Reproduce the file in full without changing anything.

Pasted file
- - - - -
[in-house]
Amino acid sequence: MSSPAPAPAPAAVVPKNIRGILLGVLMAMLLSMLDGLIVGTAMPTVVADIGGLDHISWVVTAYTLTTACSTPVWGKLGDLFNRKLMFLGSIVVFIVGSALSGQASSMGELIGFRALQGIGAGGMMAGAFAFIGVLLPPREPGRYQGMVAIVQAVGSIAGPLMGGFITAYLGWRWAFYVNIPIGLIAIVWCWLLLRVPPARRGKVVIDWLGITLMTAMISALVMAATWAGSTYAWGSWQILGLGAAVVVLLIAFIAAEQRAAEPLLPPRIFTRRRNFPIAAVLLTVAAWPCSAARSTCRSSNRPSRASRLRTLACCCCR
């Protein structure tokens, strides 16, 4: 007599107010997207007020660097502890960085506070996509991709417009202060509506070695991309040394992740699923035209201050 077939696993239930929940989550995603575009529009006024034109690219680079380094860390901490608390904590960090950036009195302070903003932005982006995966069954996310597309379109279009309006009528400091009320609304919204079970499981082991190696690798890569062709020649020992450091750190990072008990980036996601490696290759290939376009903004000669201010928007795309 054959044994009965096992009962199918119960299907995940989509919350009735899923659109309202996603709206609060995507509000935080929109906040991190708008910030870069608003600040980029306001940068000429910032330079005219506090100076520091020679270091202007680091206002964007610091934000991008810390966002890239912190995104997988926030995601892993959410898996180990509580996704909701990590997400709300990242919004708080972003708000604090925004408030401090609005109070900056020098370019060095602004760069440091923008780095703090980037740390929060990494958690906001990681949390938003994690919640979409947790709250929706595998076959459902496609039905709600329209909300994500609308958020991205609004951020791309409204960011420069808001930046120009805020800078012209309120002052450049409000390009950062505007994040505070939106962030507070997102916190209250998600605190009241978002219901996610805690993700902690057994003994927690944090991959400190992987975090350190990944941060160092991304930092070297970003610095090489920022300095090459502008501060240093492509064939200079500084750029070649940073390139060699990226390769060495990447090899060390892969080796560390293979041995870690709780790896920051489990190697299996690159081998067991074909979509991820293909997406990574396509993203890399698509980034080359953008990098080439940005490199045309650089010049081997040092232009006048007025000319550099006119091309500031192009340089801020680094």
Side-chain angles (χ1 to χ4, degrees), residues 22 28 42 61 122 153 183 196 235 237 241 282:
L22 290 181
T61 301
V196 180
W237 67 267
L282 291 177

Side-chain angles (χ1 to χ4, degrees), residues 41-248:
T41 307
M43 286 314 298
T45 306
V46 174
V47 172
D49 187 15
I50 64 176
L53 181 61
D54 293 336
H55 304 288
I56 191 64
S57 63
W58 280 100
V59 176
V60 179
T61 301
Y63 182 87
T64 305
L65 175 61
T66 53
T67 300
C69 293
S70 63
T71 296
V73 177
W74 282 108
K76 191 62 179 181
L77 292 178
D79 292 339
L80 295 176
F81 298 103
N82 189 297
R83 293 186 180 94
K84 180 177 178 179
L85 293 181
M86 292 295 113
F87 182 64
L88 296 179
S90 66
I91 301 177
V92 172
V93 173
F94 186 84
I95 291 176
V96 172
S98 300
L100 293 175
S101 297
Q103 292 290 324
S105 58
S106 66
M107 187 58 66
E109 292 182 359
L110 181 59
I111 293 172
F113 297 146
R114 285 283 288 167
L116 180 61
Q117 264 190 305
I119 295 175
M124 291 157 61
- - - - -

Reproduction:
[in-house]
Amino acid sequence: MSSPAPAPAPAAVVPKNIRGILLGVLMAMLLSMLDGLIVGTAMPTVVADIGGLDHISWVVTAYTLTTACSTPVWGKLGDLFNRKLMFLGSIVVFIVGSALSGQASSMGELIGFRALQGIGAGGMMAGAFAFIGVLLPPREPGRYQGMVAIVQAVGSIAGPLMGGFITAYLGWRWAFYVNIPIGLIAIVWCWLLLRVPPARRGKVVIDWLGITLMTAMISALVMAATWAGSTYAWGSWQILGLGAAVVVLLIAFIAAEQRAAEPLLPPRIFTRRRNFPIAAVLLTVAAWPCSAARSTCRSSNRPSRASRLRTLACCCCR
């Protein structure tokens, strides 16, 4: 007599107010997207007020660097502890960085506070996509991709417009202060509506070695991309040394992740699923035209201050 077939696993239930929940989550995603575009529009006024034109690219680079380094860390901490608390904590960090950036009195302070903003932005982006995966069954996310597309379109279009309006009528400091009320609304919204079970499981082991190696690798890569062709020649020992450091750190990072008990980036996601490696290759290939376009903004000669201010928007795309 054959044994009965096992009962199918119960299907995940989509919350009735899923659109309202996603709206609060995507509000935080929109906040991190708008910030870069608003600040980029306001940068000429910032330079005219506090100076520091020679270091202007680091206002964007610091934000991008810390966002890239912190995104997988926030995601892993959410898996180990509580996704909701990590997400709300990242919004708080972003708000604090925004408030401090609005109070900056020098370019060095602004760069440091923008780095703090980037740390929060990494958690906001990681949390938003994690919640979409947790709250929706595998076959459902496609039905709600329209909300994500609308958020991205609004951020791309409204960011420069808001930046120009805020800078012209309120002052450049409000390009950062505007994040505070939106962030507070997102916190209250998600605190009241978002219901996610805690993700902690057994003994927690944090991959400190992987975090350190990944941060160092991304930092070297970003610095090489920022300095090459502008501060240093492509064939200079500084750029070649940073390139060699990226390769060495990447090899060390892969080796560390293979041995870690709780790896920051489990190697299996690159081998067991074909979509991820293909997406990574396509993203890399698509980034080359953008990098080439940005490199045309650089010049081997040092232009006048007025000319550099006119091309500031192009340089801020680094």
Side-chain angles (χ1 to χ4, degrees), residues 22 28 42 61 122 153 183 196 235 237 241 282:
L22 290 181
T61 301
V196 180
W237 67 267
L282 291 177

Side-chain angles (χ1 to χ4, degrees), residues 41-248:
T41 307
M43 286 314 298
T45 306
V46 174
V47 172
D49 187 15
I50 64 176
L53 181 61
D54 293 336
H55 304 288
I56 191 64
S57 63
W58 280 100
V59 176
V60 179
T61 301
Y63 182 87
T64 305
L65 175 61
T66 53
T67 300
C69 293
S70 63
T71 296
V73 177
W74 282 108
K76 191 62 179 181
L77 292 178
D79 292 339
L80 295 176
F81 298 103
N82 189 297
R83 293 186 180 94
K84 180 177 178 179
L85 293 181
M86 292 295 113
F87 182 64
L88 296 179
S90 66
I91 301 177
V92 172
V93 173
F94 186 84
I95 291 176
V96 172
S98 300
L100 293 175
S101 297
Q103 292 290 324
S105 58
S106 66
M107 187 58 66
E109 292 182 359
L110 181 59
I111 293 172
F113 297 146
R114 285 283 288 167
L116 180 61
Q117 264 190 305
I119 295 175
M124 291 157 61